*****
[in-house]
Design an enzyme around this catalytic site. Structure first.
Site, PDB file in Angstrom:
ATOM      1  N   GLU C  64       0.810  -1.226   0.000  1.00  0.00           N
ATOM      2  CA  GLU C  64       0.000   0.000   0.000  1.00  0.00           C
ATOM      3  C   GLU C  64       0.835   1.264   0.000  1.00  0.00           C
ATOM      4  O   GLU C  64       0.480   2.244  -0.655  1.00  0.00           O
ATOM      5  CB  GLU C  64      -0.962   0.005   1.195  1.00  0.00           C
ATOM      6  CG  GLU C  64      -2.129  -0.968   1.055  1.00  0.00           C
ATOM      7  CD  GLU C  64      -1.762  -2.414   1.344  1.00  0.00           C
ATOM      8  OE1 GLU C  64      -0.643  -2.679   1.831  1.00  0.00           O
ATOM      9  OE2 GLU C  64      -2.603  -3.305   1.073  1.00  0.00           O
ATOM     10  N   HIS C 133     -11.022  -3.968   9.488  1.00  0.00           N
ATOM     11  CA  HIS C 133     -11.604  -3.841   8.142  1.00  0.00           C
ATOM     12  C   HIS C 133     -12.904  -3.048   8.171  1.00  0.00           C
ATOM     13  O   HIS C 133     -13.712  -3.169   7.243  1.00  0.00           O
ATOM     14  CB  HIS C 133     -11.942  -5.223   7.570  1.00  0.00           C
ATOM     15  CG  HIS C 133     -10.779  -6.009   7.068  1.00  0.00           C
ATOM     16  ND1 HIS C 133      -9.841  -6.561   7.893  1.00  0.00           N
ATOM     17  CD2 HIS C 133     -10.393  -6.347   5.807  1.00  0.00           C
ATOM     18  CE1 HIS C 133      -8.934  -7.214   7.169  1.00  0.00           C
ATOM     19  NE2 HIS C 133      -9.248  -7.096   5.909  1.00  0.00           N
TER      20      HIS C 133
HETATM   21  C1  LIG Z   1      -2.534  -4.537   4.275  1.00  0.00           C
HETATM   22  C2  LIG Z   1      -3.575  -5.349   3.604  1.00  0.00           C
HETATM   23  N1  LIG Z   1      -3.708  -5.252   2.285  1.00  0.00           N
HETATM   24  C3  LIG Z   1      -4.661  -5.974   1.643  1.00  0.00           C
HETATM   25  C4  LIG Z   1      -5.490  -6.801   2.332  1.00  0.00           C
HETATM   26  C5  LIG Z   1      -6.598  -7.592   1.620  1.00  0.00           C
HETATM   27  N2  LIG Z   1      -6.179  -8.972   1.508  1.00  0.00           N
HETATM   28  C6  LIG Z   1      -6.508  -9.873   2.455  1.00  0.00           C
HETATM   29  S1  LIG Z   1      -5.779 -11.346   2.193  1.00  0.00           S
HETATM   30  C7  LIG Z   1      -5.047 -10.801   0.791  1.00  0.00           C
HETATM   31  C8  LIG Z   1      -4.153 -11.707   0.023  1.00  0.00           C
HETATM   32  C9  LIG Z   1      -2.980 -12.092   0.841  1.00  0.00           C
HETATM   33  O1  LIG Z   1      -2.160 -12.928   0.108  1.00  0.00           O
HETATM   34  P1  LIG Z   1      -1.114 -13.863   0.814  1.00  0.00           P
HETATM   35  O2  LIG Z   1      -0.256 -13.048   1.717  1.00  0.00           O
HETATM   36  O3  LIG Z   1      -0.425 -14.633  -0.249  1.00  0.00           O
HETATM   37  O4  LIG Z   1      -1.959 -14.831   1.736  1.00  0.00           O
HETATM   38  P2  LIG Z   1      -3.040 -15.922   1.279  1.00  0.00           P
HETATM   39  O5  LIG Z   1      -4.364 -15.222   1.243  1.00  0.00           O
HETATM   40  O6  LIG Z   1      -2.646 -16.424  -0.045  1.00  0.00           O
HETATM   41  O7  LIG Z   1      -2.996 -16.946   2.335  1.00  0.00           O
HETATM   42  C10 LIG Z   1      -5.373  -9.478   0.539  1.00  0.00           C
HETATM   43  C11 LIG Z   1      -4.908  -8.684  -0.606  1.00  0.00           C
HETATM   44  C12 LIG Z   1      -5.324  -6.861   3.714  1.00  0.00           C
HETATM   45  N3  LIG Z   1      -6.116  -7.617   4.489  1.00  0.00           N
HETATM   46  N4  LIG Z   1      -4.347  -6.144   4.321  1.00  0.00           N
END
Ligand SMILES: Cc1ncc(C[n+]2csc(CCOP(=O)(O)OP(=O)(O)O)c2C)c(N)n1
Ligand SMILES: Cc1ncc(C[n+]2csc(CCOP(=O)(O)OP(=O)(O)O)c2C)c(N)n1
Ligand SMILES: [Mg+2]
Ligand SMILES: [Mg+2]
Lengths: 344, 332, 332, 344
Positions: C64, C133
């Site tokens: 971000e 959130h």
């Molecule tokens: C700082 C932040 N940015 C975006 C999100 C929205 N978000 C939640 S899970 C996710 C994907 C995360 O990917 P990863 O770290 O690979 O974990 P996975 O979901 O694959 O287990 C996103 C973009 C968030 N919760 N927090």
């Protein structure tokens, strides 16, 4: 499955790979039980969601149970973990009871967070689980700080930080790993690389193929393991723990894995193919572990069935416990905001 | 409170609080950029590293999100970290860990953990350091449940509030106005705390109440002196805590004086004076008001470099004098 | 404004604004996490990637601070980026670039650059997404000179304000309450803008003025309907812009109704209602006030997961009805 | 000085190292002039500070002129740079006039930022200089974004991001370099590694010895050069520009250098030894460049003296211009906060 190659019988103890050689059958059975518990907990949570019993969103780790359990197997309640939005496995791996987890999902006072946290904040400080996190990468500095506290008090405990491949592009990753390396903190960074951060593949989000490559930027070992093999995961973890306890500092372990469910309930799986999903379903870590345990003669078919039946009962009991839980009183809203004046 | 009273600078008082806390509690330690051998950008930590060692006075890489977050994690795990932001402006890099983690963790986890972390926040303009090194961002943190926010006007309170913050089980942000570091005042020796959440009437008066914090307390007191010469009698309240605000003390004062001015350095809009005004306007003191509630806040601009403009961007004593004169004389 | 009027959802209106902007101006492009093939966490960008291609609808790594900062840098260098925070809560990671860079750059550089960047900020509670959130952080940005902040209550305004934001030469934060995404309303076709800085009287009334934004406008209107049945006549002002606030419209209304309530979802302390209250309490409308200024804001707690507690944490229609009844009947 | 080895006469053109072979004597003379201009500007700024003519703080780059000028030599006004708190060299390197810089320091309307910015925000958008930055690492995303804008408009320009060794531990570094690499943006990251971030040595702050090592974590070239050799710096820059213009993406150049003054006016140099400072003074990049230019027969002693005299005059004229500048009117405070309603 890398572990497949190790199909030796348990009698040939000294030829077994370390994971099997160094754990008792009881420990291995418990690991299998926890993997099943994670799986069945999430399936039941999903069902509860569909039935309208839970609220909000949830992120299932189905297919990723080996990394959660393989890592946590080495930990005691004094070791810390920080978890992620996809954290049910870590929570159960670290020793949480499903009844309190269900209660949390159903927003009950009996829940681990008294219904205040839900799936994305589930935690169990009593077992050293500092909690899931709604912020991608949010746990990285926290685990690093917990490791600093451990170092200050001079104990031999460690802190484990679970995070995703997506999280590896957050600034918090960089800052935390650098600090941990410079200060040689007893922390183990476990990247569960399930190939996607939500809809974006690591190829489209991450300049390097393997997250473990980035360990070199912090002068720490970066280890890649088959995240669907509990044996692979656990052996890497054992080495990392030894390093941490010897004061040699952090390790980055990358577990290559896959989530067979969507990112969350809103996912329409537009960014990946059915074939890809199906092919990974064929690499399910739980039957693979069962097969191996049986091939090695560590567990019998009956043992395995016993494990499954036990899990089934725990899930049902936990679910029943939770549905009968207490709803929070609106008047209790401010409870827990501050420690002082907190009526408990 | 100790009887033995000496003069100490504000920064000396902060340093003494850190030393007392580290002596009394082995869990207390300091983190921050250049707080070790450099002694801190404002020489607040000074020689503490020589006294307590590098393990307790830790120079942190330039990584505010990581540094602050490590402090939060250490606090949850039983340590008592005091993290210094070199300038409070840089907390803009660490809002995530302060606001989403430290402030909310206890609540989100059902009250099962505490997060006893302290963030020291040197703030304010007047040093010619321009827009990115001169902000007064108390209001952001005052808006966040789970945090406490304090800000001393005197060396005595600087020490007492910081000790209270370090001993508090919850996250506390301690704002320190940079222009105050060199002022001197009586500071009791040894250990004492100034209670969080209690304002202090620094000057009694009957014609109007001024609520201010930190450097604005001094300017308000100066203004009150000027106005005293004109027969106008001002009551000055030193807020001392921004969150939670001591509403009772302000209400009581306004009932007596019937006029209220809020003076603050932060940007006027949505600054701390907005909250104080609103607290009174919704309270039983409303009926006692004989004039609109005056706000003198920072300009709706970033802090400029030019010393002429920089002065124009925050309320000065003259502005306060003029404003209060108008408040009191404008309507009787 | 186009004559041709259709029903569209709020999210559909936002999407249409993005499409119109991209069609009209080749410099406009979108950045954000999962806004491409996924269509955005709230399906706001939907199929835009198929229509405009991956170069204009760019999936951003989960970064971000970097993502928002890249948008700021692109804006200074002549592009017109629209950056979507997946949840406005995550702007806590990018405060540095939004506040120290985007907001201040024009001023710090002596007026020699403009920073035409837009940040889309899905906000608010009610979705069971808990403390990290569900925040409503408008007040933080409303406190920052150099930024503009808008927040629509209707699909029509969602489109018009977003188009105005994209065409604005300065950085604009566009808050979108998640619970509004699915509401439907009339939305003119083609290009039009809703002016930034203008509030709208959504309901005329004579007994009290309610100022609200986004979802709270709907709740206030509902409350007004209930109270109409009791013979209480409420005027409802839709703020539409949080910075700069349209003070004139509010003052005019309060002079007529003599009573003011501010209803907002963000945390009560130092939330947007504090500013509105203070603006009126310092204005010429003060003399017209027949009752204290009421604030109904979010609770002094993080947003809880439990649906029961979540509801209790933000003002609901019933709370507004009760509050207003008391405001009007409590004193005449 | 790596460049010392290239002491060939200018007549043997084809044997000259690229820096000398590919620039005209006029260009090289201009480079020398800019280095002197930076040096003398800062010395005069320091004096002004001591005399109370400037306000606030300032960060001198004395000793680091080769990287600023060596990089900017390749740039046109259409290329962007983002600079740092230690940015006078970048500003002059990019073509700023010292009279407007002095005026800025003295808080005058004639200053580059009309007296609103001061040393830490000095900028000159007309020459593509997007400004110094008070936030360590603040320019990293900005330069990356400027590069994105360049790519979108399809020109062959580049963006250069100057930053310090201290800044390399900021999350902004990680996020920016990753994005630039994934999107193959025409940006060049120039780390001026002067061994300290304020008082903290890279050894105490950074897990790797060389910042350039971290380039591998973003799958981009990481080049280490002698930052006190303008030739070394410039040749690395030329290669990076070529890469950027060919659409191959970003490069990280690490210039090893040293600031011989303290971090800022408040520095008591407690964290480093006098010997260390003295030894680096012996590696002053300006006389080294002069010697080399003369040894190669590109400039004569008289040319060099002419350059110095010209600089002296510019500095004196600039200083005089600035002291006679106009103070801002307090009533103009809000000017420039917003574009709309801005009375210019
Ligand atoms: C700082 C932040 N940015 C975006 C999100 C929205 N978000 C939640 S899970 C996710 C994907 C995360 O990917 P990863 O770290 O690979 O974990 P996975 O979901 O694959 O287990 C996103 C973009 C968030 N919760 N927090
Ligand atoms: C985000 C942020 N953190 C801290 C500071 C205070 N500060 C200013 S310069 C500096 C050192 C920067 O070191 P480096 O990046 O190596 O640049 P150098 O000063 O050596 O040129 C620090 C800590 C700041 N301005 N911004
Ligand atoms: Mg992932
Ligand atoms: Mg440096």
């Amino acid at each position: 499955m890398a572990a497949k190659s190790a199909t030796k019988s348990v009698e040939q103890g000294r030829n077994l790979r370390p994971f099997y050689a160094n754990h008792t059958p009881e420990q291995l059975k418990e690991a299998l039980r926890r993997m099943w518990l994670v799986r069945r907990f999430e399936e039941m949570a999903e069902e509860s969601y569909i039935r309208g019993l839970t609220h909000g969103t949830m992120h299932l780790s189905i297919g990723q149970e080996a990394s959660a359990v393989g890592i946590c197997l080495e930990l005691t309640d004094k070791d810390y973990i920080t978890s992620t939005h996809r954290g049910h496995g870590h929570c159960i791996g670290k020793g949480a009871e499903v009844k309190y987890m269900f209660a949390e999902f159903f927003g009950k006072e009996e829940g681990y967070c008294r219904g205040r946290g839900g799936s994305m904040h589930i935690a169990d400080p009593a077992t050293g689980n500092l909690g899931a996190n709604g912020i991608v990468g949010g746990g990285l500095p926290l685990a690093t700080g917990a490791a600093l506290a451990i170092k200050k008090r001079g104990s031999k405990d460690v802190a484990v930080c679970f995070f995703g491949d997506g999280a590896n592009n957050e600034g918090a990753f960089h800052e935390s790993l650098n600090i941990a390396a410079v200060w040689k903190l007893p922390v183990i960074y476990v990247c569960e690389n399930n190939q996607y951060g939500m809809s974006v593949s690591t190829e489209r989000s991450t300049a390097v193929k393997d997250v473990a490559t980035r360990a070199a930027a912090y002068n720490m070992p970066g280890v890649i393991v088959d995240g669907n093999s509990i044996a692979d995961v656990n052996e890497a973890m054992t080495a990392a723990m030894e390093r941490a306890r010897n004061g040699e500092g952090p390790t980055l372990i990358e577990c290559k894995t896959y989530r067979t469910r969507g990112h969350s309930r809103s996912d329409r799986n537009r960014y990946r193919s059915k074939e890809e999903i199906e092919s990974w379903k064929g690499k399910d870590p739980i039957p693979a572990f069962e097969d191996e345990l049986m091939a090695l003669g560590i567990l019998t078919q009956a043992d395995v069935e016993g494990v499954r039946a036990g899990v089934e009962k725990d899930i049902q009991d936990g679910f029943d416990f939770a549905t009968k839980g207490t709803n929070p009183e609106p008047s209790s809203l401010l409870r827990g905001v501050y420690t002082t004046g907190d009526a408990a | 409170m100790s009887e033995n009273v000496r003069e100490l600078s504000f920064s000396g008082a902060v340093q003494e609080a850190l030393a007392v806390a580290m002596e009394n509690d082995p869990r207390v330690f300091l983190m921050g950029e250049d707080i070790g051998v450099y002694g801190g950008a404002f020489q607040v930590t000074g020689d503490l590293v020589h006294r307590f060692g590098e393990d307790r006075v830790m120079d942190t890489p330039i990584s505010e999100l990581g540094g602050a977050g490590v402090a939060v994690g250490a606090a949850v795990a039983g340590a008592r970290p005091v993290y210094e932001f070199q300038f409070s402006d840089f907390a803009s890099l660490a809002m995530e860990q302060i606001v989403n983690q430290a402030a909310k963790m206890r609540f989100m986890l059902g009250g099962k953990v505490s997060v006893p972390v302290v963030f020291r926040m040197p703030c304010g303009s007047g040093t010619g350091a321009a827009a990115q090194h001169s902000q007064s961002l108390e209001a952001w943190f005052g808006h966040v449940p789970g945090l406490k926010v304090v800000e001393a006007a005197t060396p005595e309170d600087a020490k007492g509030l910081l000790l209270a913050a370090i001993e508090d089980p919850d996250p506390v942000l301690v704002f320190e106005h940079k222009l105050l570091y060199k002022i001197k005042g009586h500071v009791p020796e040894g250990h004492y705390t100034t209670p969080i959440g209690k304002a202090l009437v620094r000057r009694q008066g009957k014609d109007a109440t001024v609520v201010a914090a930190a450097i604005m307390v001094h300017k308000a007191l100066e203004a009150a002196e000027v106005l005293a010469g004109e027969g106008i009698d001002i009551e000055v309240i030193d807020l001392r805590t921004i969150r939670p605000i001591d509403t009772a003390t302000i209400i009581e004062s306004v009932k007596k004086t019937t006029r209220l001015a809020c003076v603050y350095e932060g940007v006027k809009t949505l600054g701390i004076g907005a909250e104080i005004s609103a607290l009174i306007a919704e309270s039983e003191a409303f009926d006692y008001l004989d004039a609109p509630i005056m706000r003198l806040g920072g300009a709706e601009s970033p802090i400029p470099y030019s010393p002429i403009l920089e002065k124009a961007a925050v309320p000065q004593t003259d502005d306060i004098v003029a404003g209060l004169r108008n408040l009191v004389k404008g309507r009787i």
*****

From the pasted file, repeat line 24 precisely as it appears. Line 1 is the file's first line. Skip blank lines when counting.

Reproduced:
HETATM   21  C1  LIG Z   1      -2.534  -4.537   4.275  1.00  0.00           C